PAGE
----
10. AD: a progressive CNS disorder impairing patients’ ability to function Patients with AD progress from being almost fully independent at the time of diagnosis to a state where they are unable to perform even the most basic functions. Progressive deterioration is seen particularly in three key symptom domains: ADL, behaviour, and cognition (Bouchard and Rossor, 1996). Therefore, caregivers play an increasingly important role in assisting and managing AD patients as the disease progresses.
Functional impairment is recognised by the decline in an individual’s performance of ADL, which worsen as the disease progresses (Gauthier et al., 1997). During the early stages of AD, participation in complex activities such as household finances, dining and participation in hobbies decline, while middle stages are delineated by a decline in selecting clothes and meaningful discussions. The later stages of the disease are characterised by a loss of more basic ADL such as those related to self-care (Gauthier and Gauthier, 1990). Behavioural and psychiatric symptoms begin to emerge in the early stages, and become more prominent as the disease progresses (Cummings, 1997). Patients with AD commonly exhibit a diverse array of behavioural symptoms at some stage during the disease. Behavioural disorders include: personality changes (apathy and irritability), mood changes (depression), psychosis, anxiety, agitation, aberrant motor behaviour and neurovegetative alterations (e.g. sleep disturbances).
This slide indicates how increased disease severity over time correlates with increased burden, particularly for the caregiver. MCI often occurs as a component of AD progression but may also have aetiology distinct from AD.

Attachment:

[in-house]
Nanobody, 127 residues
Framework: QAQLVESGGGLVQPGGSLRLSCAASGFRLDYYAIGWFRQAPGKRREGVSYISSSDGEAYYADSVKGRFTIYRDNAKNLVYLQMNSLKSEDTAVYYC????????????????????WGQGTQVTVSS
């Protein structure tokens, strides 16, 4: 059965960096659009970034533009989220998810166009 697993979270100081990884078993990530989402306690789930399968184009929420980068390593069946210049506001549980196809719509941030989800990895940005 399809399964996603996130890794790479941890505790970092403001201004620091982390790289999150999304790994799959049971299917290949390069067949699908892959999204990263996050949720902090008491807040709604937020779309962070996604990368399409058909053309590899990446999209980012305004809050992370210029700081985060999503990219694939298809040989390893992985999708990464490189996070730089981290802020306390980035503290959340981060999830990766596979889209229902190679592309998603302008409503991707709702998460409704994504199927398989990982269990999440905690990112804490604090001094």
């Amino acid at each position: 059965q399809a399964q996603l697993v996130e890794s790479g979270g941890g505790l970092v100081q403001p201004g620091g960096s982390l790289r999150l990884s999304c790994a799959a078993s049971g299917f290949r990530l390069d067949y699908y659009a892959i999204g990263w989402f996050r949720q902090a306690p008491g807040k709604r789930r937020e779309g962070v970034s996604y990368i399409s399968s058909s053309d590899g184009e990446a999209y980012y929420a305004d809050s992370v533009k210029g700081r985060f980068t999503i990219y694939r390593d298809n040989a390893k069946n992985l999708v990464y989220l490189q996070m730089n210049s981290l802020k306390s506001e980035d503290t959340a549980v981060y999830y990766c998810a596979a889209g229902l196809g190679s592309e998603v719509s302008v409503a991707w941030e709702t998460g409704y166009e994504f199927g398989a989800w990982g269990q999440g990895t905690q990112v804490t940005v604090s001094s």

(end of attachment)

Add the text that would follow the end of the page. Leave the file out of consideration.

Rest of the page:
Patients with AD progress from being almost fully independent at the time of diagnosis to a state where they are unable to perform even the most basic functions. Progressive deterioration is seen particularly in three key symptom domains: ADL, behaviour, and cognition (Bouchard and Rossor, 1996). Therefore, caregivers play an increasingly important role in assisting and managing AD patients as the disease progresses.
Functional impairment is recognised by the decline in an individual’s performance of ADL, which worsen as the disease progresses (Gauthier et al., 1997). During the early stages of AD, participation in complex activities such as household finances, dining and participation in hobbies decline, while middle stages are delineated by a decline in selecting clothes and meaningful discussions. The later stages of the disease are characterised by a loss of more basic ADL such as those related to self-care (Gauthier and Gauthier, 1990).
12. Likely Medications
13. Adverse Orofacial Reactions
Sialorrhea (cholinesterase inhibitors)
Xerostomia, dysgeusia (antipsychotics)
Tardive dyskinesia (antipsychotics)
Glossitis (carbamazepine, valproate)
Discoloration of the Tongue.
15. Capacity Assessment always necessary prior to treatment
Reasonable belief that capacity is lacking before treatment can be lawfully carried out without a patients consent
Professional clinician vs lay carer
May involve discussion with family members, lay and professional carers
May involve review of records
16. Referral to Dementia Specialist for Capacity Assessment
Complex treatment decision
Long term effects on patient
Ultimate decision with dentist
18. Capacity Lacking
No-one else (relative, spouse, carer) can give or withhold consent on a person’s behalf.
Treatment may only be carried out if the treatment proposed is considered by the treating clinician to be in the persons best interests.